Re: Kernel Memory
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Operating systems have memory areas that are pinned (never swapped to secondary storage). For example, interrupt mechanisms rely on an array of pointers to their handlers, such as I/O completion and page fault. If the pages containing these pointers or the code that they invoke were pageable, interrupt-handling would become far more complex and time-consuming, particularly in the case of page fault interrupts. Hence, some part of the page table structures is not pageable.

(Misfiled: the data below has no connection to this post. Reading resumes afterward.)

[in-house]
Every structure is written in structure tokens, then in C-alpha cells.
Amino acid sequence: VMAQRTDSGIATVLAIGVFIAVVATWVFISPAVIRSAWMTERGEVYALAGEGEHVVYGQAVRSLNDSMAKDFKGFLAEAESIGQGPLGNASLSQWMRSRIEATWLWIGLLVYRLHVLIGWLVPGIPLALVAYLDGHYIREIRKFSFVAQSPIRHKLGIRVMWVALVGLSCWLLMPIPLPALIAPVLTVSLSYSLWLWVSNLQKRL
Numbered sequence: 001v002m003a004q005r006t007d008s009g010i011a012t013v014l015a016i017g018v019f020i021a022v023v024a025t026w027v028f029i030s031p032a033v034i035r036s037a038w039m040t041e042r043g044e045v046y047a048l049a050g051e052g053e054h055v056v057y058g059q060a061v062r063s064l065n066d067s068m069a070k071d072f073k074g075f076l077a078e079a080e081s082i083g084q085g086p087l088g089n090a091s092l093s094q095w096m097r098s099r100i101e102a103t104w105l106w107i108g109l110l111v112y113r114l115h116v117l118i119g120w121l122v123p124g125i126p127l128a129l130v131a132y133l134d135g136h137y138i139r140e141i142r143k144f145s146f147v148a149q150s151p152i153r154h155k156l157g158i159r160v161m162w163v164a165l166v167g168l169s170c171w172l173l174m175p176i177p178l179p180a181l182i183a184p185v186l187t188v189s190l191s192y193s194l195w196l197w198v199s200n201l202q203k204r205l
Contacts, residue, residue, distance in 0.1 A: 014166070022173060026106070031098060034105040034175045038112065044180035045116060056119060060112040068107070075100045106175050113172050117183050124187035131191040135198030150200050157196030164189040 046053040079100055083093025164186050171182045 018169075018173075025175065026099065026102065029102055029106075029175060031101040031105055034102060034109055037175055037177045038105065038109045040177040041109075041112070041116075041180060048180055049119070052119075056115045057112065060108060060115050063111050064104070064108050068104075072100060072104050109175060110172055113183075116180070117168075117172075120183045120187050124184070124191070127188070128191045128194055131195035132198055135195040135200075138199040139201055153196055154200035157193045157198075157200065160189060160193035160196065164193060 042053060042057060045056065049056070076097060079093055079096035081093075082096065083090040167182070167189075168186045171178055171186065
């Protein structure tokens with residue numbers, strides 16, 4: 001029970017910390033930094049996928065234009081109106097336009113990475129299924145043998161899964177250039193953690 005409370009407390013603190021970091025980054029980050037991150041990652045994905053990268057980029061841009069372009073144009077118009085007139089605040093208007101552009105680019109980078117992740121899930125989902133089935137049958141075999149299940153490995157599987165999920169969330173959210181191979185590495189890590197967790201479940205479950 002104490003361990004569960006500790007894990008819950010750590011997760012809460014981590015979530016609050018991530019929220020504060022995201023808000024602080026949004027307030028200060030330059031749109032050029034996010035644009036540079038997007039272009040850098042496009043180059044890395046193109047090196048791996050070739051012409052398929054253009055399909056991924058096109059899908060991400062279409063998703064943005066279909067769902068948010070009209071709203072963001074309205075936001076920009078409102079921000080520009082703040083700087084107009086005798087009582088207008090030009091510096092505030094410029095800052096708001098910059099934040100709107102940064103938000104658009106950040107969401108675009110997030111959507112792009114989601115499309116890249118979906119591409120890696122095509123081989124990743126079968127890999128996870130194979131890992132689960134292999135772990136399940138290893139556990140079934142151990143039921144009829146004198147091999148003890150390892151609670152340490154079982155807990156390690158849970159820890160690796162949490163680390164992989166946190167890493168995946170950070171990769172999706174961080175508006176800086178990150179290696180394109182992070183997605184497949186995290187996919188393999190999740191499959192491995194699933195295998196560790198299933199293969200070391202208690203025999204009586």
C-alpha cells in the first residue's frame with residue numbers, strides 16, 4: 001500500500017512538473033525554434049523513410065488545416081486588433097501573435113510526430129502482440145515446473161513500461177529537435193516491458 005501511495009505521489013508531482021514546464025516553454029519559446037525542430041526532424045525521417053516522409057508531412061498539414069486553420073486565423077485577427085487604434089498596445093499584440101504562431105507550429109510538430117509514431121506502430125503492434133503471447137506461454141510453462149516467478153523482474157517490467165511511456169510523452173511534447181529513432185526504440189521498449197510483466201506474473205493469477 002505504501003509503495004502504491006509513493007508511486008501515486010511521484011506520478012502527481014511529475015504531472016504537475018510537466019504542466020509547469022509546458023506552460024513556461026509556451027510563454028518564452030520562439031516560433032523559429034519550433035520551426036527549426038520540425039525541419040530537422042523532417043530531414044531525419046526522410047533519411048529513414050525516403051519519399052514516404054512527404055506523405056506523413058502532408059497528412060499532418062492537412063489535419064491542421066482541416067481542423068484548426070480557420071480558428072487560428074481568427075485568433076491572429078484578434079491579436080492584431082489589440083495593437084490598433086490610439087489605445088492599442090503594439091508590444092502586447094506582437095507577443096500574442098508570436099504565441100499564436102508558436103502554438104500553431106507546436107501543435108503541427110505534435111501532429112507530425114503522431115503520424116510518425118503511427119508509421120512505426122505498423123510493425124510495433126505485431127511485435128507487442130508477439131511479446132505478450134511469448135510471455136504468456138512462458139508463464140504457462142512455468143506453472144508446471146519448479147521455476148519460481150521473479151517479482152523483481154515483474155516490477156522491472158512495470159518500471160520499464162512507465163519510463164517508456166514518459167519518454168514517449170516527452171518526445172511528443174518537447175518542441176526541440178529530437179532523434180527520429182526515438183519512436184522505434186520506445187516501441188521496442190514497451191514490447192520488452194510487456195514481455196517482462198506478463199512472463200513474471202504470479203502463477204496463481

Some pages may be pinned for short periods of time, others may be pinned for long periods of time, and still others may need to be permanently pinned. For example:
There are other two discussion thread which say kernel is non-pageable and now due to growing kernel Data structures it is allowed
I am newbie.
It has been said "kernel memory is not pageable"
What does it mean? There is no concept of kernel virtual address?
Any simple explanation will help me to udnerstand.
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